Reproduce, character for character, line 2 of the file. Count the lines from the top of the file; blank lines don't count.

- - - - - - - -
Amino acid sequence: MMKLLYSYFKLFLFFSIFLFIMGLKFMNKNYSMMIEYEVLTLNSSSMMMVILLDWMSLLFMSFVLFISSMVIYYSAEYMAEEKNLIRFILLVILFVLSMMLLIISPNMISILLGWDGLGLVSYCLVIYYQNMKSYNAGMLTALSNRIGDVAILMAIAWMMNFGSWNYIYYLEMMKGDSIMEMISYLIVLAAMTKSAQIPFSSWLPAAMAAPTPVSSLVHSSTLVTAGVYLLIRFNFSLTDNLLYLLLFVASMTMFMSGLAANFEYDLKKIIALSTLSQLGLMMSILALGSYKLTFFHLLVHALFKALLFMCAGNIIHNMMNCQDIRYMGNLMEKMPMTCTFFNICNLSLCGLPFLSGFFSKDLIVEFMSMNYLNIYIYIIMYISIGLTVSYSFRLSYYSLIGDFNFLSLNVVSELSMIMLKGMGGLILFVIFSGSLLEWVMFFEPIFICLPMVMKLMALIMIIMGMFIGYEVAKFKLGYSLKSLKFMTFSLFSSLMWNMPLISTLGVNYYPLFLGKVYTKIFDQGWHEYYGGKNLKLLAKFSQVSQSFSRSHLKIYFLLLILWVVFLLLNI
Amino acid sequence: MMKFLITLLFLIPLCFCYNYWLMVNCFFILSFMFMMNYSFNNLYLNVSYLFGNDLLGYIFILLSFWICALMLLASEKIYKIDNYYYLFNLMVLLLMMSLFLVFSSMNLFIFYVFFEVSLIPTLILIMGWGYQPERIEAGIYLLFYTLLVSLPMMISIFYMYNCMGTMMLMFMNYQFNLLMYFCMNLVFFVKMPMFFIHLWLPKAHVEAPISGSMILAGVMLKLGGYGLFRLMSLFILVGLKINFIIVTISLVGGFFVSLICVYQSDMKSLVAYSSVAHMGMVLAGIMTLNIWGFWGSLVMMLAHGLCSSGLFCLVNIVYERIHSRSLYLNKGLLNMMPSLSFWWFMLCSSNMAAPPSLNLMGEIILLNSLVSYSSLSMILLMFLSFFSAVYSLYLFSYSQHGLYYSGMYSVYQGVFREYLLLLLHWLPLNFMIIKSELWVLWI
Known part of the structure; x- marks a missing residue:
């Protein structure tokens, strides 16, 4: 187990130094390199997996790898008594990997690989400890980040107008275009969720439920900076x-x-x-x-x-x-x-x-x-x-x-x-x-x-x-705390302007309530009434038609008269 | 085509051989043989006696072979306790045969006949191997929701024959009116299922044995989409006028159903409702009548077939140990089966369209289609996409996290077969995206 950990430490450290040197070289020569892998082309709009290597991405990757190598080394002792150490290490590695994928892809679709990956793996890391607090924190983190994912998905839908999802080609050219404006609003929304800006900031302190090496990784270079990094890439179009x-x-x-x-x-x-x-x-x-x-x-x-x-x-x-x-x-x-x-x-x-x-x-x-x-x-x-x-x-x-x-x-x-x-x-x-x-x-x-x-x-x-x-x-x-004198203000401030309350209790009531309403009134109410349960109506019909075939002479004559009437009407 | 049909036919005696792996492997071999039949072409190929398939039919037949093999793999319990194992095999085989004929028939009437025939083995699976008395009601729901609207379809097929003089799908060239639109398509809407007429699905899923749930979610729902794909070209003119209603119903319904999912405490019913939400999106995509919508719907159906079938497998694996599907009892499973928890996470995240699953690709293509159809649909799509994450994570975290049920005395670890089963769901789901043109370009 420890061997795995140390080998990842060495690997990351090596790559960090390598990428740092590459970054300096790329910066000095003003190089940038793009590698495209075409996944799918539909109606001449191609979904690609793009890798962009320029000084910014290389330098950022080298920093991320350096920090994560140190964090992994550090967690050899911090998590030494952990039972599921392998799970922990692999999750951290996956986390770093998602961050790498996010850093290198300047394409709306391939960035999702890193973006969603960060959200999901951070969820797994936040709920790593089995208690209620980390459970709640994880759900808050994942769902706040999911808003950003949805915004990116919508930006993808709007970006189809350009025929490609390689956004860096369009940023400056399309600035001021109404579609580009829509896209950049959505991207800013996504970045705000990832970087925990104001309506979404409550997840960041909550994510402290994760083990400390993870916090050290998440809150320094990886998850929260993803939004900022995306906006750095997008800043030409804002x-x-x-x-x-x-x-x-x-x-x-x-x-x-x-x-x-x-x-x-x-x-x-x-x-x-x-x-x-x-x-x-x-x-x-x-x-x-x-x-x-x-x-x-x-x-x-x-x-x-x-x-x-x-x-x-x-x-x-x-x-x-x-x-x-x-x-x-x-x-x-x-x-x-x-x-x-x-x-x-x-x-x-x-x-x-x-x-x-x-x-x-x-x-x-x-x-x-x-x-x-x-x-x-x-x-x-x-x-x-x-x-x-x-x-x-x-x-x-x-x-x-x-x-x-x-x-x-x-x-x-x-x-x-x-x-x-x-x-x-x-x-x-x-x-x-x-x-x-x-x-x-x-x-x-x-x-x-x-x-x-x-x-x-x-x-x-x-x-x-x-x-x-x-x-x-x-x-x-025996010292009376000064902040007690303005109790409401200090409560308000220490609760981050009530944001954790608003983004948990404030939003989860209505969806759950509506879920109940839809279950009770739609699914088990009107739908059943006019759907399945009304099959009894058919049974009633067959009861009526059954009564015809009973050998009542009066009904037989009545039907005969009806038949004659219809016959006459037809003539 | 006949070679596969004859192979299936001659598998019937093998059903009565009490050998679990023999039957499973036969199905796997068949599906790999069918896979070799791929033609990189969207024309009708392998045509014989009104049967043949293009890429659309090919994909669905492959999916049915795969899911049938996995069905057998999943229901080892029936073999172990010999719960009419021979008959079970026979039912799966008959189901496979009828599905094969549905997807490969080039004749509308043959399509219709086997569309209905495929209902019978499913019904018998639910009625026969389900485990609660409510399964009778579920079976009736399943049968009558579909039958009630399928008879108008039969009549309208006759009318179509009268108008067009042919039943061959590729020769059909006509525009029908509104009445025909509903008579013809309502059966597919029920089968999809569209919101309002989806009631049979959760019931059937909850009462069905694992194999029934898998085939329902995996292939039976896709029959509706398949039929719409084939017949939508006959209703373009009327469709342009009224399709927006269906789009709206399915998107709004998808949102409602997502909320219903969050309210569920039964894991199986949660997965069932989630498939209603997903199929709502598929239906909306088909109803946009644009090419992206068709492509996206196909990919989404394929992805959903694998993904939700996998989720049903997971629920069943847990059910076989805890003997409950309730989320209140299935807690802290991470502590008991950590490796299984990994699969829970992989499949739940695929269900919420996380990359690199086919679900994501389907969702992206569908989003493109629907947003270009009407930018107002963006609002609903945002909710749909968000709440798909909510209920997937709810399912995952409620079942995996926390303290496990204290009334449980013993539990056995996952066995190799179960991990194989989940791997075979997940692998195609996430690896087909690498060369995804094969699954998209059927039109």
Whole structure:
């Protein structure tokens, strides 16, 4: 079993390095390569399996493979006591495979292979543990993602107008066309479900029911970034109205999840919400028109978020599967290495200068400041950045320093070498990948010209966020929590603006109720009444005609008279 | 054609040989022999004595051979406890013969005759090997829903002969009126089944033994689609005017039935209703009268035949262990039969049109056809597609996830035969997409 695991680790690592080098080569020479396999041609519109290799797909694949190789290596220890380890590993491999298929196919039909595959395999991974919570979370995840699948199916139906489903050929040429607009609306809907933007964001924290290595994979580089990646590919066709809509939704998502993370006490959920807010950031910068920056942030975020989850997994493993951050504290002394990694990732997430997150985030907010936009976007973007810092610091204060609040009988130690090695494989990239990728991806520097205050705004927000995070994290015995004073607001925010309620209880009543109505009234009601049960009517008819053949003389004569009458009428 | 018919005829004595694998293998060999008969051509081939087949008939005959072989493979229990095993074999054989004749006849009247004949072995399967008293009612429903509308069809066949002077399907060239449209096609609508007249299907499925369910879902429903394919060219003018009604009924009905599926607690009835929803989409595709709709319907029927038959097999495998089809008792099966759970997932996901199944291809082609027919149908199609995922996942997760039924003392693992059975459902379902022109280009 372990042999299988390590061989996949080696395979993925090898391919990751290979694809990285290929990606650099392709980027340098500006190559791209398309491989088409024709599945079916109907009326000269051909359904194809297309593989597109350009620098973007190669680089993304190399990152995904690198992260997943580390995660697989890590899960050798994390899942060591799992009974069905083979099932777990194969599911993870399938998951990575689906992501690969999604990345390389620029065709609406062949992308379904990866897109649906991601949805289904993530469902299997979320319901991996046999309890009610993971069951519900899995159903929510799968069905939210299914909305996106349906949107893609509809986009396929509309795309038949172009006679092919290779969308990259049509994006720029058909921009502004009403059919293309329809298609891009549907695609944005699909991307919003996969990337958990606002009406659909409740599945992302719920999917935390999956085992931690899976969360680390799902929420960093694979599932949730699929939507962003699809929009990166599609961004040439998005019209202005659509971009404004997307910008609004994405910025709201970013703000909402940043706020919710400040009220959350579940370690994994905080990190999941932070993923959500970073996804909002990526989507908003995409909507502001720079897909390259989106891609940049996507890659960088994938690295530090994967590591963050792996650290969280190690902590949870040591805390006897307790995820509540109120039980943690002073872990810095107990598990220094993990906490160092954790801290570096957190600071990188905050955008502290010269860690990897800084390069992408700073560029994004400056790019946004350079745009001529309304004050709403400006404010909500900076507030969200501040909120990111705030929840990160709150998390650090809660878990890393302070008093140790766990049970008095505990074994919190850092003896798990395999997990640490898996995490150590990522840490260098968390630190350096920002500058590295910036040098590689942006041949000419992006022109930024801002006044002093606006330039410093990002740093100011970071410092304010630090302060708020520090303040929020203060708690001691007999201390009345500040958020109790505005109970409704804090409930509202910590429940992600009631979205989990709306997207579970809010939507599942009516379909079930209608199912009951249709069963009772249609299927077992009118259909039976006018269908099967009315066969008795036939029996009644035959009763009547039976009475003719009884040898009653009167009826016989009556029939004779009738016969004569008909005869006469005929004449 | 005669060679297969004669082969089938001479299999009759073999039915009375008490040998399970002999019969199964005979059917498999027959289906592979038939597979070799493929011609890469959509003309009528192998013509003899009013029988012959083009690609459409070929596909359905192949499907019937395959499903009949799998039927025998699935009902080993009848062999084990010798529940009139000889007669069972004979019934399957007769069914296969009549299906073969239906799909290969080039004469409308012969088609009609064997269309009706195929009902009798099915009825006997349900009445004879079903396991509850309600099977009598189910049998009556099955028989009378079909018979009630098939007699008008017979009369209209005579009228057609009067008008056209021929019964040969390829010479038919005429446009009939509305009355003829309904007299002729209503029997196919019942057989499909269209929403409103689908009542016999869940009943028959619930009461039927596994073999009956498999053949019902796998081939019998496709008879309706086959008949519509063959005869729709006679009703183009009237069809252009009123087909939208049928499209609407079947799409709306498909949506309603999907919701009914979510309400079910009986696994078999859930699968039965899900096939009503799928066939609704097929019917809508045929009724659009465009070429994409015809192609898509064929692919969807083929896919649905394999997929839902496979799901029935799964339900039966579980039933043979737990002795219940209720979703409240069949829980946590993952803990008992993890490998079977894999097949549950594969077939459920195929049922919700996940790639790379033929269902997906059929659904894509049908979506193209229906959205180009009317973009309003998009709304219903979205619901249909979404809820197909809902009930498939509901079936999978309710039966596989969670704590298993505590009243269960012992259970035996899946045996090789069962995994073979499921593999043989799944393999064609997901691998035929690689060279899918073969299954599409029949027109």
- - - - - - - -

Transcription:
Amino acid sequence: MMKFLITLLFLIPLCFCYNYWLMVNCFFILSFMFMMNYSFNNLYLNVSYLFGNDLLGYIFILLSFWICALMLLASEKIYKIDNYYYLFNLMVLLLMMSLFLVFSSMNLFIFYVFFEVSLIPTLILIMGWGYQPERIEAGIYLLFYTLLVSLPMMISIFYMYNCMGTMMLMFMNYQFNLLMYFCMNLVFFVKMPMFFIHLWLPKAHVEAPISGSMILAGVMLKLGGYGLFRLMSLFILVGLKINFIIVTISLVGGFFVSLICVYQSDMKSLVAYSSVAHMGMVLAGIMTLNIWGFWGSLVMMLAHGLCSSGLFCLVNIVYERIHSRSLYLNKGLLNMMPSLSFWWFMLCSSNMAAPPSLNLMGEIILLNSLVSYSSLSMILLMFLSFFSAVYSLYLFSYSQHGLYYSGMYSVYQGVFREYLLLLLHWLPLNFMIIKSELWVLWI